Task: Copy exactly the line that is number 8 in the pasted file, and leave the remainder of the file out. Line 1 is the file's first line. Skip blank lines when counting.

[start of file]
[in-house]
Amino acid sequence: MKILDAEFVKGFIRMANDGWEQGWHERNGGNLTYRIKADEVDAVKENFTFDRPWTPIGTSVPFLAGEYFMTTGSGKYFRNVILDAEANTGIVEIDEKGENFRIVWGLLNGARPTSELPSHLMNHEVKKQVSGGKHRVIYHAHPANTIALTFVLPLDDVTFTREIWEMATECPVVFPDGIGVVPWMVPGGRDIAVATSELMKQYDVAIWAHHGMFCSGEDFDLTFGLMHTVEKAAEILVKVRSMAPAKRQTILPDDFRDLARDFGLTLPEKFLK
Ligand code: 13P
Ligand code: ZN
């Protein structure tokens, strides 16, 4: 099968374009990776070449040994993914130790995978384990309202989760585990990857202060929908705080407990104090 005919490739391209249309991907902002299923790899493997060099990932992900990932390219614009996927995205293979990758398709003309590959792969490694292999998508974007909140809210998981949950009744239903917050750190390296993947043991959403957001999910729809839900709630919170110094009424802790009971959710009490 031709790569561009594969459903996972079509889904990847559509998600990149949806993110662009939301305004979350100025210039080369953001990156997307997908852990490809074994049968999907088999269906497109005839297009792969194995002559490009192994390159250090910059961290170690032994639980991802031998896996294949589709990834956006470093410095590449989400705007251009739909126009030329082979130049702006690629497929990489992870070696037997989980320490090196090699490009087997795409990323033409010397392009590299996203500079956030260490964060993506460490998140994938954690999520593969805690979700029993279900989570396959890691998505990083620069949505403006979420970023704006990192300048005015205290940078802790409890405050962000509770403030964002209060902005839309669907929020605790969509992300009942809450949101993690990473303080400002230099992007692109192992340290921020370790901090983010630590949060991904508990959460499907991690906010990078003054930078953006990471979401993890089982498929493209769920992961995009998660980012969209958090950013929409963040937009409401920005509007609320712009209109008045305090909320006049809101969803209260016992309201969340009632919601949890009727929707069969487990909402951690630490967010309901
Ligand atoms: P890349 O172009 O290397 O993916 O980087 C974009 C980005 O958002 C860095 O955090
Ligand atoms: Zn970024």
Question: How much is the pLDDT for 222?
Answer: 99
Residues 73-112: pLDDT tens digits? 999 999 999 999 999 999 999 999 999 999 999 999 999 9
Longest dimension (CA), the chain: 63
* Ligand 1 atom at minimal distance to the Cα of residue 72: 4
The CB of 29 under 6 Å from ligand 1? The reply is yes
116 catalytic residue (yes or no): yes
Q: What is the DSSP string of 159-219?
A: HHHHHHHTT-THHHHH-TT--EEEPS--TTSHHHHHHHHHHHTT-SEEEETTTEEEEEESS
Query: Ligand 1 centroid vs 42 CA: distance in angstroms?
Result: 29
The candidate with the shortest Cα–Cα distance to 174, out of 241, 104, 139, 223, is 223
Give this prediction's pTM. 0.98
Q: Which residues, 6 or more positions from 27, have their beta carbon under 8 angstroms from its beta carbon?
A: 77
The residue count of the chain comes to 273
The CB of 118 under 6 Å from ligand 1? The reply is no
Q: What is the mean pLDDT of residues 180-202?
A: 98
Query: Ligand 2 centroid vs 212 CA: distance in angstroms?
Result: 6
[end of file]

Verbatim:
Question: How much is the pLDDT for 222?